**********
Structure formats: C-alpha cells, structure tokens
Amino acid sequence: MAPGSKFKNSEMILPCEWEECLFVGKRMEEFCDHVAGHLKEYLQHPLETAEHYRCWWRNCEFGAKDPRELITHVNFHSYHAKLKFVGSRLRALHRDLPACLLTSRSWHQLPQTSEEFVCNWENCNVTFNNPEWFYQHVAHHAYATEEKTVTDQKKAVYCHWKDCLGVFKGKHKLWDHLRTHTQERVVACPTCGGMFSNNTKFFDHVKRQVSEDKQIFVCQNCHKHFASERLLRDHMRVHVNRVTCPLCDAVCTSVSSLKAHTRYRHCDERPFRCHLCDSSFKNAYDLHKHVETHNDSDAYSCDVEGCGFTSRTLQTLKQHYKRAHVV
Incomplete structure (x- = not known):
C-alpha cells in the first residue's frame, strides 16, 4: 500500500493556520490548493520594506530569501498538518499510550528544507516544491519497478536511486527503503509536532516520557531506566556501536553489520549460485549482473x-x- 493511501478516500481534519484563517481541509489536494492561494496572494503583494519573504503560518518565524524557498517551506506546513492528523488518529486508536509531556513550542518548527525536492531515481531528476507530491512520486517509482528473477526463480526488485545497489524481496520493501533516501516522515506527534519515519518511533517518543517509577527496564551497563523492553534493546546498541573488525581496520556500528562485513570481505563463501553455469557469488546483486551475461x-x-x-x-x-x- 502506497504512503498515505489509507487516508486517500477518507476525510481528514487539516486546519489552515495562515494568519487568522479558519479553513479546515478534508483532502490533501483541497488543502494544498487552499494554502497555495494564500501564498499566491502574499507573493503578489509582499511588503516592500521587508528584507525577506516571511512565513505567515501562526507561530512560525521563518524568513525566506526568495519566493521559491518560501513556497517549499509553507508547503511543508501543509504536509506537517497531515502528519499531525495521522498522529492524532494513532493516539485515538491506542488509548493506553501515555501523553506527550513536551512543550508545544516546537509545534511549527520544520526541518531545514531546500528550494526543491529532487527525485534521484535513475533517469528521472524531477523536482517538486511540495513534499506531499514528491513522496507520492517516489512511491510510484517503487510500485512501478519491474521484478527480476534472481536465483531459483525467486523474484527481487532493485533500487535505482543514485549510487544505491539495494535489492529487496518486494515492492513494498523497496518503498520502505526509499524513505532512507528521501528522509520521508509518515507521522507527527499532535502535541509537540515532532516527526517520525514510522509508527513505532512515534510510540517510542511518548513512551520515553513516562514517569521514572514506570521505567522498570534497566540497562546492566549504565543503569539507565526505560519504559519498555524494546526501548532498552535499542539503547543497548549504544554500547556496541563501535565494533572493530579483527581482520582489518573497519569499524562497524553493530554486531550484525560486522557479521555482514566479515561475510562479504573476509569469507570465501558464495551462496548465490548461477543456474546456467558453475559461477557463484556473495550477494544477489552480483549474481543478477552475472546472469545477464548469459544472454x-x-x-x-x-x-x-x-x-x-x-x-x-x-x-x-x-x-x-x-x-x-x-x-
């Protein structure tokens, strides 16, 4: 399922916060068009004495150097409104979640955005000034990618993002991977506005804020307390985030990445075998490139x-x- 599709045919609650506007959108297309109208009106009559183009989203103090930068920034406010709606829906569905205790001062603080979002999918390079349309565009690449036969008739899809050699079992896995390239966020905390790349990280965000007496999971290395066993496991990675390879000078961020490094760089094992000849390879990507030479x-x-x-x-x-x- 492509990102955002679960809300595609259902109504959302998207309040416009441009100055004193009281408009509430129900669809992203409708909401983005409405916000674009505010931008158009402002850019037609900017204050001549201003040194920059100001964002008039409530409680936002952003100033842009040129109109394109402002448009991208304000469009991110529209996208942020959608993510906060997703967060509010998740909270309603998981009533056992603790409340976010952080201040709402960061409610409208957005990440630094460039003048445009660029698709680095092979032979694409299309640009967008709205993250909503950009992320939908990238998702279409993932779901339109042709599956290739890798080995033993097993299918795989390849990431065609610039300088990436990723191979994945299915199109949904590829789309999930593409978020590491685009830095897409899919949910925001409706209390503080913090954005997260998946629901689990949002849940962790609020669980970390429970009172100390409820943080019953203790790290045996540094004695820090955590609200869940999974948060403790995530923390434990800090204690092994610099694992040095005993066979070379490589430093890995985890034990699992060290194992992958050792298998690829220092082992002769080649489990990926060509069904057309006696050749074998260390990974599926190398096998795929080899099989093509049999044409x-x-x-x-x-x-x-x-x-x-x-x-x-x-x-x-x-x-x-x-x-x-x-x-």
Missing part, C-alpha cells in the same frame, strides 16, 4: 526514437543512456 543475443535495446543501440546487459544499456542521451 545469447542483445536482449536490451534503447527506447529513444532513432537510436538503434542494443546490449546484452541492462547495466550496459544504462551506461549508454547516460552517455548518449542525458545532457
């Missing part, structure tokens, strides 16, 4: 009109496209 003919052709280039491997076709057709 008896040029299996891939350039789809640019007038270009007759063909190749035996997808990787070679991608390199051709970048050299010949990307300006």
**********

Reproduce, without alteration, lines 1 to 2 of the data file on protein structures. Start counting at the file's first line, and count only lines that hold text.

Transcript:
Structure formats: C-alpha cells, structure tokens
Amino acid sequence: MAPGSKFKNSEMILPCEWEECLFVGKRMEEFCDHVAGHLKEYLQHPLETAEHYRCWWRNCEFGAKDPRELITHVNFHSYHAKLKFVGSRLRALHRDLPACLLTSRSWHQLPQTSEEFVCNWENCNVTFNNPEWFYQHVAHHAYATEEKTVTDQKKAVYCHWKDCLGVFKGKHKLWDHLRTHTQERVVACPTCGGMFSNNTKFFDHVKRQVSEDKQIFVCQNCHKHFASERLLRDHMRVHVNRVTCPLCDAVCTSVSSLKAHTRYRHCDERPFRCHLCDSSFKNAYDLHKHVETHNDSDAYSCDVEGCGFTSRTLQTLKQHYKRAHVV